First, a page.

School of Social and Political Science

Knowledge, Expertise and Policy


In the contemporary world, scientific expertise is increasingly central to policy making (over climate change, stem-cell regulation, synthetic biology, ‘big data’ and robotics, for example).

In this course you will explore how experts relate to political power and policy-making in contemporary societies. It bridges political science and STS (science & technology studies) by using case studies to investigate how science and policy are linked (or fail to connect) in such areas as climate policy, innovation in life-sciences and the ethics of science and technology.

The course will be organised in blocks:

  1. Expertise in contemporary society: this will focus on the nature of expertise and on ‘science for policy’ (how research feeds into policy making).
  2. The character of public controversies over scientific and technical topics (with case studies such as BSE and climate change).
  3. Public participation in science and technology and the civic dimensions of scientific citizenship. This will also encompass normative aspects relating to democratic theory.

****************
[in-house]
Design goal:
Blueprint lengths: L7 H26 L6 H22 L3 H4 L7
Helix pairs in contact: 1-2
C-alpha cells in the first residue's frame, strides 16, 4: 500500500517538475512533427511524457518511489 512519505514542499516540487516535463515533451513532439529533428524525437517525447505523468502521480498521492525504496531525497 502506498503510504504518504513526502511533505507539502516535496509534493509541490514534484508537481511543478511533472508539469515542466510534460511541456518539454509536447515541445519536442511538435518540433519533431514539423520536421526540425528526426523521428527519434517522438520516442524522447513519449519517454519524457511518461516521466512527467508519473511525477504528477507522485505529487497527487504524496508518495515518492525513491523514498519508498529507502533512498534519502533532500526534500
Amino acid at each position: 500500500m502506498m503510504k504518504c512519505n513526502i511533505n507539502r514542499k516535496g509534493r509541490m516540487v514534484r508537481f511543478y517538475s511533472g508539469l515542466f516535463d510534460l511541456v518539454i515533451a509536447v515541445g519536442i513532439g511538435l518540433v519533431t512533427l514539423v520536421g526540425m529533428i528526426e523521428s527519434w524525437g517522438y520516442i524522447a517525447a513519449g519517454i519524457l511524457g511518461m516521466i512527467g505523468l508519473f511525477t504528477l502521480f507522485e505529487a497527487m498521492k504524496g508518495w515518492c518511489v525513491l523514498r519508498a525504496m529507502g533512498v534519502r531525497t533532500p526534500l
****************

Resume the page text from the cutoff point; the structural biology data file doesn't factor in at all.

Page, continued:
4. The globalisation of science and technology governance, looking at regulation, harmonisation, the WTO and other international scientific bodies.

Themes include:

  • How scientific experts help shape regulations
  • The rise of the idea of ‘evidence-based’ policy
  • Should politicians always listen to expert advice?
  • Public controversies about science & technology
  • Public participation in the governance of science
  • What counts as ethical expertise?

By the end of the course, you will have:

1. Developed a critical understanding of the main areas of study linked to the character and policy-uses of expertise.

2. Engaged critically with the work of STS (science and technology studies) and Political Science scholars on expertise and governance, and evaluate their arguments.

3. Assessed competing claims and make informed judgments about current complex issues in the governance of emerging, innovative technologies.

4. Developed an ability to present – in written and verbal form – coherent, balanced arguments surrounding the social and political roles of experts.

5. Used a range of research skills to plan and execute an original essay using one or more case-studies relating to expertise, policy and governance. 

This is a level 10 course with 20 credits

There will be 1 two-hour session per week (1 lecture & 1 tutorial per week) in Semester 1